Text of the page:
Soft Matter and Living Systems
You may have heard of soft materials, but what exactly are they? Examples include a wide range of materials from car tires to food, cream and foams. They are soft enough that their properties and structure are, curiously, determined by entropy — the thermodynamic law that dictates that disorder rules! Understanding these materials and their synthesis and governing principles has implications for technology development and for understanding the greatest mystery of soft matter — Life.
Living systems is the area of study in which materials meet life and biology, from the perspective of the physical scientist. Life consists of materials that are undergoing dynamic change driven by biochemical energy. How can the phenomena of life — replication, motility, robustness — be understood in a set of equations, or replicated in designed, engineered systems? The answer to these questions will establish new technologies for diagnostics, pharmaceuticals, and predictive therapies.
Hydrodynamic interactions of filaments polymerizing against obstacles.. Nazockdast, Ehssan.. Cytoskeleton, Volume 76, Issue 11-12, November-December 2019, 586– 599. https://doi.org/10.1002/cm.21570.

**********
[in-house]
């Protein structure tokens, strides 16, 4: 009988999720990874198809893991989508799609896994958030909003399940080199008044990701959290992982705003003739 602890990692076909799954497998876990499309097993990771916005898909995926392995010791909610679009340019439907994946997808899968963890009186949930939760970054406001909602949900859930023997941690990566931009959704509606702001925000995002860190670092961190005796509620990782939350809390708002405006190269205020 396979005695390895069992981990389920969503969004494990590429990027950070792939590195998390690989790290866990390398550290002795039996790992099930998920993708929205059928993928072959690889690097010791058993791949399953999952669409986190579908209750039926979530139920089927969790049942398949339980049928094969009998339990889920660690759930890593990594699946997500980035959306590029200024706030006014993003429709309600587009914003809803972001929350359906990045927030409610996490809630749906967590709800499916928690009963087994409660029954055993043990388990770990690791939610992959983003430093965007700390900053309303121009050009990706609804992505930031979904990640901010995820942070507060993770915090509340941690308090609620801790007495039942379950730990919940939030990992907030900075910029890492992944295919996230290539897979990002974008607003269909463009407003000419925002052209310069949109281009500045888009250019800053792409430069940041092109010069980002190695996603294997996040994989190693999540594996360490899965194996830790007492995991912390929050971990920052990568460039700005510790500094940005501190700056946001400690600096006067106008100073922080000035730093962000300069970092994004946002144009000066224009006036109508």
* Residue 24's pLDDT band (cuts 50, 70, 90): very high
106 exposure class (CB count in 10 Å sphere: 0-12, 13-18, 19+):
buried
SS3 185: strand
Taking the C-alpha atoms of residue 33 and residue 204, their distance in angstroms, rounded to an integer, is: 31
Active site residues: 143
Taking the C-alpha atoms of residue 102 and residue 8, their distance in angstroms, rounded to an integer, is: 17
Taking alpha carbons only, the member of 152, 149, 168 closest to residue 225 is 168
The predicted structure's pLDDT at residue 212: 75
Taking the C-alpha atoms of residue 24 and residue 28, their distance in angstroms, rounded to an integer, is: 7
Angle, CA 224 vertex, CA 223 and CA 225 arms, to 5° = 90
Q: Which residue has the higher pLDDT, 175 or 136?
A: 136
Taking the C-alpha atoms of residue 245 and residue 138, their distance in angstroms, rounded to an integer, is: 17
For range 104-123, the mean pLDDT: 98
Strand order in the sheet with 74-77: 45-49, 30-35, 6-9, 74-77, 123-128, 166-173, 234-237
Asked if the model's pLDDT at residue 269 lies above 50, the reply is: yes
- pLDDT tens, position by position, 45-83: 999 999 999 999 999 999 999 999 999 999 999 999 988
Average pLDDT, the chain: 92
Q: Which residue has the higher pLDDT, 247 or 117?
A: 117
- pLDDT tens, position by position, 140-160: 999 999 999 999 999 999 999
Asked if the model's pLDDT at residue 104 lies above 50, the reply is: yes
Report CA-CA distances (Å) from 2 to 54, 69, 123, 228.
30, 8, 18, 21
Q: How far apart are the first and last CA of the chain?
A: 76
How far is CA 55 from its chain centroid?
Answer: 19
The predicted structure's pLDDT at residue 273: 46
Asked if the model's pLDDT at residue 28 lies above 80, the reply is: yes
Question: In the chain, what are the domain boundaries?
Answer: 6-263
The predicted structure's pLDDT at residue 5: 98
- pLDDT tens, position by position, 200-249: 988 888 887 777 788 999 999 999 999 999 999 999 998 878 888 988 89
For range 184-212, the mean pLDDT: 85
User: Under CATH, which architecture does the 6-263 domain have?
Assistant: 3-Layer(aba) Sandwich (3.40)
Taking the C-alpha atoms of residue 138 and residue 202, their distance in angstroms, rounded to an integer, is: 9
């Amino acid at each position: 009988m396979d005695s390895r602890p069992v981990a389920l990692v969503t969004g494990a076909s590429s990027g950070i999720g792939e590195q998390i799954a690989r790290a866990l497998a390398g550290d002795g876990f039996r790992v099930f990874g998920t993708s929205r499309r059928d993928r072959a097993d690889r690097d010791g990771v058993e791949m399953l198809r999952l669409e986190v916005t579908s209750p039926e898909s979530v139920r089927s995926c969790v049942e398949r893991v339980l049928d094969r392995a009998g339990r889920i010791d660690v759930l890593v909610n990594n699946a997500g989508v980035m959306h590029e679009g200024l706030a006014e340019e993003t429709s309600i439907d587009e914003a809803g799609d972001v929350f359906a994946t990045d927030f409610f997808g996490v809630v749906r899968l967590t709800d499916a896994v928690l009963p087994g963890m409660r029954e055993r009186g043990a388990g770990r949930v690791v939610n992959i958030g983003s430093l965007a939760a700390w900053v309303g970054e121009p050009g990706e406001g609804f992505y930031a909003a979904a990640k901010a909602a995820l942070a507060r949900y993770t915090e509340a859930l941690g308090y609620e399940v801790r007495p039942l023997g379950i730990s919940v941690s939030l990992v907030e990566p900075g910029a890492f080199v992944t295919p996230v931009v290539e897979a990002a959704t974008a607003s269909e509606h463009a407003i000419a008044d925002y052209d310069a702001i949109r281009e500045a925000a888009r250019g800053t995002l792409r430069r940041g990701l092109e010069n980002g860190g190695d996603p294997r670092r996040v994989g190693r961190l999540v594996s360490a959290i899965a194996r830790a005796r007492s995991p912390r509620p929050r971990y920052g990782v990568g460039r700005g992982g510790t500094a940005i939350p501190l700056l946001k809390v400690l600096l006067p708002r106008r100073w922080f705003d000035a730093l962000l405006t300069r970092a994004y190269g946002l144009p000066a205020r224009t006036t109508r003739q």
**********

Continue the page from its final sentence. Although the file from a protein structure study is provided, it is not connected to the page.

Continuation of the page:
Technological strategies to estimate and control diffusive passage times through the mucus barrier in mucosal drug delivery. Jay M.Newby, Ian Seim, Martin Lysy, Yun Ling, Justin Huckaby, Samuel K.Lai, M. GregoryForest. 'Advanced Drug Delivery Reviews, Volume 124, 2018, 64-81'.
Data-Driven Reduced-Order Model of Microtubule Mechanics. Yan Feng and Sorin Mitran. Cytoskeleton (Hoboken). 2018 Feb;75(2):45-60..
Vertical Light Sheet Enhanced Side-View Imaging for AFM Cell Mechanics Studies. Kellie Beicker, E. Timothy O’Brien III, Michael R. Falvo, and Richard Superfine. Scientific Reportsvolume 8, Article number: 1504 (2018).
Propulsion of a Two-Sphere Swimmer. Daphne Klotsa, Kyle A. Baldwin, Richard J. A. Hill, R. M. Bowley, and Michael R. Swift. Phys. Rev. Lett. 115, 248102.
A Blueprint for Robust Crosslinking of Mobile Species in Biogels with Weakly Adhesive Molecular Anchors. Jay Newby, Jennifer L. Schiller, Timothy Wessler, Jasmine Edelstein, M. Gregory Forest, & Samuel K. Lai. Nature Communications Volume 8, Article number: 833 (2017).